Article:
Last month, I had reviewed an impressive compilation entitled “Hawk Moon Records: Volume II“, which promoted some of the best up and coming artists in the post-rock genre. A few short days after receiving this compilation, I was informed that one of the artists on the compilation, Damn Robot!, were releasing their debut album on May 16th. After enjoying their song on the compilation, “The Great Landfill In The Sky”, I had to hear this new album. Damn Robot! is a project from Hampshire, UK consisting of brothers Rob Honey (Oceanus, Inachus) and Tom Honey (Good Weather for an Airstrike). Their sound is a delightful mixture of electronica, trip-hop, ambient, post-rock, and other genres in-between, which sort of reminds me of the music of Futuro Primitivo, one of my favorite artists who works in the field of post-electronica, except that Damn Robot!’s music contains real instrumentation along with the electronics. Their debut album, “Hunang Skrímsli”, which from translating the phrase through different online translators, I believe it is Icelandic for “Honey Monster” (if I am wrong with this translation, please let me know), shows a great beginning for this duo of brothers, showcasing their love for all of these different genres by combining them into one 33 minute album.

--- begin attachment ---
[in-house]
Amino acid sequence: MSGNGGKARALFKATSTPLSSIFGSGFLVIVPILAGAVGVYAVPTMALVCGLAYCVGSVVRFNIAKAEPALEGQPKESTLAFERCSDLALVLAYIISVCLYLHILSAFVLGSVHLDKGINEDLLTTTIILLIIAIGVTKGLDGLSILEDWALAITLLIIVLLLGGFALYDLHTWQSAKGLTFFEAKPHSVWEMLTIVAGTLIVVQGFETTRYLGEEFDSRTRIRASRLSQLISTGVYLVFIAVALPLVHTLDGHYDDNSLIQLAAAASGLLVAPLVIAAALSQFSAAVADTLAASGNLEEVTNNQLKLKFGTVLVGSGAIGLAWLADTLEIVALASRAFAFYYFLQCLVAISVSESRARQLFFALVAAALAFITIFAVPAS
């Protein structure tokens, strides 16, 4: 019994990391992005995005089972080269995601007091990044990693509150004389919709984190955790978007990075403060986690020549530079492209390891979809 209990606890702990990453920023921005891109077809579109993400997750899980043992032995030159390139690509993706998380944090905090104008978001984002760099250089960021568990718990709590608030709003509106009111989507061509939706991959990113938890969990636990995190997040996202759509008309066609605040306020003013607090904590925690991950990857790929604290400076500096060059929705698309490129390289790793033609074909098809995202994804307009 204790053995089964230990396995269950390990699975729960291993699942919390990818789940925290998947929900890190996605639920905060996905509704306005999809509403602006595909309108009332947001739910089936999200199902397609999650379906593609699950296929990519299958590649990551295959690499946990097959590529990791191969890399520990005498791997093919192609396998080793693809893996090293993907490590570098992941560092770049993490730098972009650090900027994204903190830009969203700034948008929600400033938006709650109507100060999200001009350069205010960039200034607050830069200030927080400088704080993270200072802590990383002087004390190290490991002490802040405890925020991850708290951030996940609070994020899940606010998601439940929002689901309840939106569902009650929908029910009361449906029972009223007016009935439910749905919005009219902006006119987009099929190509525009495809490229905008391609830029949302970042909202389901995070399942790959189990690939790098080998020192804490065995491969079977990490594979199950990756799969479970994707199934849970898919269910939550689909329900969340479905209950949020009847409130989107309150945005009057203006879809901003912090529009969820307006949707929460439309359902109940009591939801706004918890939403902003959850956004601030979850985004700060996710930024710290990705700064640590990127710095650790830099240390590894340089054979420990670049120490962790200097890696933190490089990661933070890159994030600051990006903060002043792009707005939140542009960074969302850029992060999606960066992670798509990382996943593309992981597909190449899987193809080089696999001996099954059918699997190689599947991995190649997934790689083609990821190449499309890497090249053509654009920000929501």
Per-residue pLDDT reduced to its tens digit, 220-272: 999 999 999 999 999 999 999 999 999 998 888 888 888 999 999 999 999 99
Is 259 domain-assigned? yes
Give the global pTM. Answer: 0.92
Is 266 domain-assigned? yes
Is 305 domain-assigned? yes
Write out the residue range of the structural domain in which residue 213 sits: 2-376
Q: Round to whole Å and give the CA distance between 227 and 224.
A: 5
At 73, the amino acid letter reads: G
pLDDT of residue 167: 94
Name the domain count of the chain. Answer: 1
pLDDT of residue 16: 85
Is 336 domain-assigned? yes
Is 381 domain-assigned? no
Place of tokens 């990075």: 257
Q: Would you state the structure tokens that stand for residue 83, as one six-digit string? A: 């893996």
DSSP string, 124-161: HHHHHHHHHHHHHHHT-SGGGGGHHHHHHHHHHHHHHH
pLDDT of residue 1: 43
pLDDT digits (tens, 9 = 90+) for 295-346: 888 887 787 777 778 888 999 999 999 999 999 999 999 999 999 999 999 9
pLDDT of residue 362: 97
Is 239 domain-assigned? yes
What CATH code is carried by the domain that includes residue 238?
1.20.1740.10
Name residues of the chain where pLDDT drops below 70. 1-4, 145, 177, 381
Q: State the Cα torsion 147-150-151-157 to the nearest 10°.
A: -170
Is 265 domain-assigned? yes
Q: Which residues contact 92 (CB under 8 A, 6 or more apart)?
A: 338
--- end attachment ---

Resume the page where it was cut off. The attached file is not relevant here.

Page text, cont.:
The beginning track, “A Smile Spreads Across My Face”, begins with emotional string and synth pads before a soft bass and downtempo/trip-hop electronic drums enter the mix. Strangely, this song reminds me of something that could have been played in the film “28 Days Later”, perhaps at the end of the film or so. Later on, a break reveals quietly plucked guitars and more ambience, before it heads back into the trip-hop mood, and eventually ending out with low arpeggiated synth lines, ambience provided by strings, and some other percussive effects here and there, before eventually leading smoothly into the second track, “The Great Landfill In The Sky”. This track was already provided on the Hawk Moon compilation, so therefore, I will repeat what I have said about the track from that review here: The track begins with soft ambient drones before going into an electric piano progression, soft electronic beat, and a spoken word sample that sounds to be in a foreign language. Ambient drones keep building on top of each other underneath this foundation before later in the track, guitar riffs washed in a lush reverb can be found before adding back in the beginning elements, as well as some more soft synth leads. Near the end, some people can be heard yelling, which then leads into the interlude, “(Pass) The Switch Over”. Here, the sounds of a radio being tuned to different stations can be heard, ranging from news broadcasts and talk shows to musical jingles. The fourth track, “No Slack, But Luckily The Seats Go Back”, contains some deep bass drones and reverberated percussive elements, along with some more guitar being heard in the background, which eventually leads into a beautiful and very emotionally played guitar solo. Eventually, this leads into a break, where the guitar slowly fades away while the ambient drones continue on. However, when the main beat comes back, some minimal vocals come in, along with some variations here and there, as well as some very trippy effects. This is a very soothing track that plays with your mind a little bit, but in a good way.